You know I'm kidding, right? I just had to find a way to work this story into our Fatal Foodies theme.
This happened last year, and I got to thinking about it yesterday and decided to share it with you. It was spring break and the children were out of school. We heard a commotion outside and found the cats (ours and the neighbors') after a baby cardinal. Normally, I'm terrified of birds; but I decided to try to save this baby bird. Maybe I was thinking of Fannie Flag's A Redbird Christmas or I just couldn't stand to have any parents watch their child be terrorized and possibly devoured. Yes, both the cardinal's mom and dad were hovering. I'd chase the cats away, and they'd swoop down to check on Junior. I was afraid I might get flogged, but they seemed to understand I was trying to help (unlike a certain robin I can recall vividly).
While the children and I were trying to save the baby bird, another mom walked through a neighbor's yard. It was a white possum with a back full of gray and white babies. As I watched her stroll along, one of the babies fell off! I watched to see if the mom would come back, but she didn't. Now, I had to save a baby bird AND a baby possum! But--first things first--I had to save my own children. I ordered them into the house, thinking possums (possi?) are nocturnal and shouldn't be out during the day. Perhaps the mom had rabies.
Keeping one eye on the baby possum and one eye on the baby bird, I grabbed the cordless phone and called 9-1-1.
"9-1-1, what's your emergency?"
"Um...there's a possum...roaming through our neighborhood."
"WHAT is your emergency?"
"It's a...a possum. She's roaming through our neighborhood in broad daylight with her babies on her back. I think she may be rabid."
"You'll need to call animal control."
"Oh. You don't do that?"
For those of you (dispatcher) who think a possum walking through your yard in broad daylight is not an emergency, have you seen a possum up close and personal? Yes, they have cute little faces; but when they open their mouths and hiss at you, you can see that those mouths are full of sharp little teeth and they look menacing and downright scary. Unless they are little bitty baby possums. Then when they hiss at you, it's cute. I know because when I went to check on the baby possum, it hissed at me.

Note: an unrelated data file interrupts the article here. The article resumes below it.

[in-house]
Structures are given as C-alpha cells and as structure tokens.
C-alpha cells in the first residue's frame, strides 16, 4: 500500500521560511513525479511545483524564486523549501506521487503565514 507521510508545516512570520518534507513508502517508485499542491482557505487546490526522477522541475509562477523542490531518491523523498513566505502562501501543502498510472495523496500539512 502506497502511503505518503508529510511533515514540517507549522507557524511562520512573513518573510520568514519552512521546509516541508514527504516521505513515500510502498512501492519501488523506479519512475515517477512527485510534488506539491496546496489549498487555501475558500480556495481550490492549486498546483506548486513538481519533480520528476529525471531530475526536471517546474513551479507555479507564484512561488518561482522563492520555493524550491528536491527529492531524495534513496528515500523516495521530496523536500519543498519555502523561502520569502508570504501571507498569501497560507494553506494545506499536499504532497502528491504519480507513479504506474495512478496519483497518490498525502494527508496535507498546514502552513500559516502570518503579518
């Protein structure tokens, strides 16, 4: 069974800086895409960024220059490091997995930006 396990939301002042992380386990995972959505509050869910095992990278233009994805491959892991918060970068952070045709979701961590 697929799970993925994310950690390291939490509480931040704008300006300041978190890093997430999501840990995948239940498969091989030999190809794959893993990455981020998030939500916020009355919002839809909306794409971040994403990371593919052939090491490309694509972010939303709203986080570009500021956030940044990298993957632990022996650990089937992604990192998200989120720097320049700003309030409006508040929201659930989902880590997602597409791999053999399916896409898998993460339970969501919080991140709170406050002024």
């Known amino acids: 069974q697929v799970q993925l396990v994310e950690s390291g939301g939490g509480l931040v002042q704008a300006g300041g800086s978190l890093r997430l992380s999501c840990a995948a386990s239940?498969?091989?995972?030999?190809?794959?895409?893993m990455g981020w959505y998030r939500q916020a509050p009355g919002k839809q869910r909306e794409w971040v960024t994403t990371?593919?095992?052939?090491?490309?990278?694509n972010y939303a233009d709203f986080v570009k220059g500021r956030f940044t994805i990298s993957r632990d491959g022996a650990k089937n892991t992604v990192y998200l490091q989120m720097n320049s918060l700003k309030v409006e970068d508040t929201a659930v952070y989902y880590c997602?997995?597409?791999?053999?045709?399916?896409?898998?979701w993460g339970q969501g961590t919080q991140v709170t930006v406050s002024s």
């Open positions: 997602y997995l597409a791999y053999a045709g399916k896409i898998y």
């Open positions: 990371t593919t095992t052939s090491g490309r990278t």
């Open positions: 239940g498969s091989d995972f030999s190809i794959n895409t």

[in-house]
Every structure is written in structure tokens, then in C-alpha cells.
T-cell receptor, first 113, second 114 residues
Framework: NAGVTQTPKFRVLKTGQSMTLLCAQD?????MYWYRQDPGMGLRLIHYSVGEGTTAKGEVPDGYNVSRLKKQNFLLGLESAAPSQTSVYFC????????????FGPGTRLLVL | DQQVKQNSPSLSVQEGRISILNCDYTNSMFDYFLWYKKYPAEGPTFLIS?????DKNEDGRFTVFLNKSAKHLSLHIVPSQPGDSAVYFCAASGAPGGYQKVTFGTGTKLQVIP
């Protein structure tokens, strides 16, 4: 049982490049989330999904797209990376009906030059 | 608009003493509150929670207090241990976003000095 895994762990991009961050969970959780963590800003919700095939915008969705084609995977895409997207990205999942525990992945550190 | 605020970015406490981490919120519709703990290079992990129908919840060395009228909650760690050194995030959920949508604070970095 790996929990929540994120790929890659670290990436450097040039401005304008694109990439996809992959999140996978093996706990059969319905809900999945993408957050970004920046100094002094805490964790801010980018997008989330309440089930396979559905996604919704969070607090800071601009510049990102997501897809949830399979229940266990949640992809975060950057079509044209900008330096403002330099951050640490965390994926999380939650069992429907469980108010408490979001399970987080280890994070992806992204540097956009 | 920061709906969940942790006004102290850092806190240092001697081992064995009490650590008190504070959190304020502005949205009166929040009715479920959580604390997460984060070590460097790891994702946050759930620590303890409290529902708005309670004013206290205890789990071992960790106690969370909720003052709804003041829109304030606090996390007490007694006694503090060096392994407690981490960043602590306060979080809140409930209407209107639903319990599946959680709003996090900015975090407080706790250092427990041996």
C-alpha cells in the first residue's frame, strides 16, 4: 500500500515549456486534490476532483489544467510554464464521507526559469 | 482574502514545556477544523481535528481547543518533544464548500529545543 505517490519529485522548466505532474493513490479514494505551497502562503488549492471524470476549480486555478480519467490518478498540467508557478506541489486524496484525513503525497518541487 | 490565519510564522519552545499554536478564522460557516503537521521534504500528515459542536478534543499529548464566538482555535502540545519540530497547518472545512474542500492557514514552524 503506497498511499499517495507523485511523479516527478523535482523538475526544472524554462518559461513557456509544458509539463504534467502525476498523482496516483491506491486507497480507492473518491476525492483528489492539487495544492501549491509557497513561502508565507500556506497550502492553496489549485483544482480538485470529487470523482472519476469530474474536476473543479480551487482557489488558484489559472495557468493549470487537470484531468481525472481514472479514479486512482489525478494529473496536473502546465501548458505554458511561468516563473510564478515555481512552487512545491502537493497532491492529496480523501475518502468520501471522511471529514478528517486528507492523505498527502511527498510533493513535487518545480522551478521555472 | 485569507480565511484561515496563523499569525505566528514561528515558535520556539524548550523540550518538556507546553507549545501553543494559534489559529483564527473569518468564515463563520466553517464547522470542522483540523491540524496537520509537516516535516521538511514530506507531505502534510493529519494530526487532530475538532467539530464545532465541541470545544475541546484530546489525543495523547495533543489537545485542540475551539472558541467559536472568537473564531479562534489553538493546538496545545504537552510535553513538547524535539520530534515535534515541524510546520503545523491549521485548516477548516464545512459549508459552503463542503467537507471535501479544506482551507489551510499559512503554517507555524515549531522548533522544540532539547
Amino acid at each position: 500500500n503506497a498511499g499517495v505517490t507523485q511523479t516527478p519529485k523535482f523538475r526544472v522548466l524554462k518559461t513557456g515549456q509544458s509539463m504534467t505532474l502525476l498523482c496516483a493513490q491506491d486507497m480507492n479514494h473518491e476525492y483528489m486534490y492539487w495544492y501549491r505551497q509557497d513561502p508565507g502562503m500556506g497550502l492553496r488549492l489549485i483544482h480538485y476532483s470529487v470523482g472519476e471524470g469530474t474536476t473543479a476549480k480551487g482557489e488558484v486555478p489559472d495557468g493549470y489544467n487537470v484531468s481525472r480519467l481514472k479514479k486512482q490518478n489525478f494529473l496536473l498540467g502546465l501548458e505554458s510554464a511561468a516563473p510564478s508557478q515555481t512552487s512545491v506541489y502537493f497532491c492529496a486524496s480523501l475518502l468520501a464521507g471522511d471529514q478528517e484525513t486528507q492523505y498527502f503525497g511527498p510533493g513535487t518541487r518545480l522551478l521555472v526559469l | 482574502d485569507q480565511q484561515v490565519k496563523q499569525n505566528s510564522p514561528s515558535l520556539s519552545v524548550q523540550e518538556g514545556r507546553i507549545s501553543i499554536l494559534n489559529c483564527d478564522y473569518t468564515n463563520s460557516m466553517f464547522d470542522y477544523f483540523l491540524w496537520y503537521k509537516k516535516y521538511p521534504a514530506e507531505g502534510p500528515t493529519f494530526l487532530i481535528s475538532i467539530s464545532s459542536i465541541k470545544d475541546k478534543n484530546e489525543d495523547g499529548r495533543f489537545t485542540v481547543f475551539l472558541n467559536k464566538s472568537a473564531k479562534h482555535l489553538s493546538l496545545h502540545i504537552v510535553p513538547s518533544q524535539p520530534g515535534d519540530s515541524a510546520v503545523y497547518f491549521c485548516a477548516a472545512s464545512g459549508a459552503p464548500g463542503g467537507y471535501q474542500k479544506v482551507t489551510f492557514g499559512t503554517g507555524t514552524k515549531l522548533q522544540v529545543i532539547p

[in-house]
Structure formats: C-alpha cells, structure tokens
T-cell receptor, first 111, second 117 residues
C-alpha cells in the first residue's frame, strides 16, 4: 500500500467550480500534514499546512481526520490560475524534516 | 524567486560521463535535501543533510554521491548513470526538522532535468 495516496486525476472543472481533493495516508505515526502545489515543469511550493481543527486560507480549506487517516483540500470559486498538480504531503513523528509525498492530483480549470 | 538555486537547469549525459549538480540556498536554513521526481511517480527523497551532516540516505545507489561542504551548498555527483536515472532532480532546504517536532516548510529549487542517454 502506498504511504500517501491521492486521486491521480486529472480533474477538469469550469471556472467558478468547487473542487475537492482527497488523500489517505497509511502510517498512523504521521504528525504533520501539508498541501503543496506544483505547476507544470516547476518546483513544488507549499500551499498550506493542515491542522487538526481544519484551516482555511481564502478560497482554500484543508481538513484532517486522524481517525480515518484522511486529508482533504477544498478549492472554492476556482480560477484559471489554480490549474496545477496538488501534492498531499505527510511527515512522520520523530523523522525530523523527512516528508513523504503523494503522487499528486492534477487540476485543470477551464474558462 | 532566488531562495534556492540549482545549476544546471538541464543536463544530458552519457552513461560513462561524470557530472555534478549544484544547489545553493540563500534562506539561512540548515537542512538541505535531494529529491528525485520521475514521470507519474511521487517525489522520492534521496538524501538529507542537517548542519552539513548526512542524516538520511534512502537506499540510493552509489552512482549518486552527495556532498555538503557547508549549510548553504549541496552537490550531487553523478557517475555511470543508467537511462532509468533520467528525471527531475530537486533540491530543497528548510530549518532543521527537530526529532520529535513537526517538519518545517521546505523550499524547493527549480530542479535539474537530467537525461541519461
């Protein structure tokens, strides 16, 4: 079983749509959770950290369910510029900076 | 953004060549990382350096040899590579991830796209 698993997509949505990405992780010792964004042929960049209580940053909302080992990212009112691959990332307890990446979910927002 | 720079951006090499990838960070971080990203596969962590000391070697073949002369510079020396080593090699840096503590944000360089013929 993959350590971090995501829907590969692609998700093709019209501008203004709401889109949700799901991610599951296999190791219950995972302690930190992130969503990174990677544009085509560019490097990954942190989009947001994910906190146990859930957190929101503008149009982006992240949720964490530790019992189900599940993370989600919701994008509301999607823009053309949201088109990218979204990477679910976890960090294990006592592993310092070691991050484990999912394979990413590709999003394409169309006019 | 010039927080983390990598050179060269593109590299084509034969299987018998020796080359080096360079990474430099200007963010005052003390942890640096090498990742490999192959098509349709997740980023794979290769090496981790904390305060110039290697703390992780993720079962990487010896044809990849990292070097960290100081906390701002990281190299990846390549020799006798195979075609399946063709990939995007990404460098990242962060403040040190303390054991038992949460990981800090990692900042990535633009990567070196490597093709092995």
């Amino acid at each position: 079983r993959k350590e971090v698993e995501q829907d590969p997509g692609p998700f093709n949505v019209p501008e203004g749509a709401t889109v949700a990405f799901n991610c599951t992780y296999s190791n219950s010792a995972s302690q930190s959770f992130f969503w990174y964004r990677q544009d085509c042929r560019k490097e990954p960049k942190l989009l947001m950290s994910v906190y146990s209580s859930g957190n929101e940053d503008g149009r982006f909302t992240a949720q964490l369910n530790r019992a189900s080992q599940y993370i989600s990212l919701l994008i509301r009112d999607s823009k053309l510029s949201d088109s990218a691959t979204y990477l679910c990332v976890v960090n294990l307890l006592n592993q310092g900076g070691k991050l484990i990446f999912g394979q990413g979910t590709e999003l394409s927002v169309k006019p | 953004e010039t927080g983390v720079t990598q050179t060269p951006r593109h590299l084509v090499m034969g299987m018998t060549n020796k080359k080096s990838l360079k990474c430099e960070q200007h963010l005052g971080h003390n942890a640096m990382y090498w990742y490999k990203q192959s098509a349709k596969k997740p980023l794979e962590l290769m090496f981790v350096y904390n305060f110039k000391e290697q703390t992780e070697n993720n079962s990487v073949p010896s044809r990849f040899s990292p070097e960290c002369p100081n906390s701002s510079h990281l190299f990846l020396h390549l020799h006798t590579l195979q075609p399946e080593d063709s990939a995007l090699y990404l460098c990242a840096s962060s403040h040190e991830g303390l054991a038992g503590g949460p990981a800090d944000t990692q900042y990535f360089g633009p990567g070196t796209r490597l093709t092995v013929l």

I called animal control and was assured that the possum was most likely NOT rabid, especially since she was carrying her babies. I asked what I should do with the baby. The animal control guy said the mom might miss it and come back and get it.
"But what if she doesn't?"
He told me of a woman in the area who rehabilitates possums.
The possum whisperer.
I called my husband and apprised him of the situation. I told him we HAD to take the baby possum to the possum whisperer if the mother didn't come back and get it.
"Gayle, leave it alone."
"It'll be fine."
"It won't be fine. There are cats out there ready to tear it apart. They've already chased a baby cardinal under a porch. I can't even get to it to help."
Silence. I could nearly hear Tim's eyes rolling.
"I'll see you when you get home for lunch," I said. "I'm going out to move the baby possum somewhere safer."
You know, it's hard to move something you want to help but are terrified to touch. However, if the creature is small enough, you can slip it upon to the tip of a shovel and place it gently among your neighbor's mulched pine bushes.
When Tim came home for lunch, I took him to the neighbor's house and showed him the tiny, defenseless possum.
"When you get home this afternoon, we'll take it to the possum whisperer."
"Gayle, please leave it alone. It's mother will probably come back for it."
"If she's going to come back for it, she'll do so by the time you get home. Otherwise, we'll take it to the possum whisperer."
Not long after Tim got back to work, he called me. "Wanda wants the baby possum. She raises sugar gliders and wants to rehabilitate the possum. Get it ready, and we'll bring it back over here when I get home from work."
Prior to Tim's arrival back at home, I looked all around the house to find something in which to transport a baby possum. All I could find was a Styrofoam cooler. I poked some breathing holes in the top and, once again making use of the shovel, placed the baby possum in the bottom of the cooler. Once again, the possum hissed at me.
As we drove back to Tim's office, I sat with both hands clamped onto the sides of the cooler. Sure, "Hissy" was cute as it could be and I wanted the very best for it, but if it managed to escape the cooler, all bets were off. Then I looked up and noticed we were driving through the ritziest neighborhood in town. I started giggling and then laughed until tears poured down my face.
"What's so funny?" Tim asked.
"I was just thinking what would happen if the car broke down here in Country Club and we were found with a possum in a cooler. 'We're the Hillbilly Catering Company, and we deliver!'"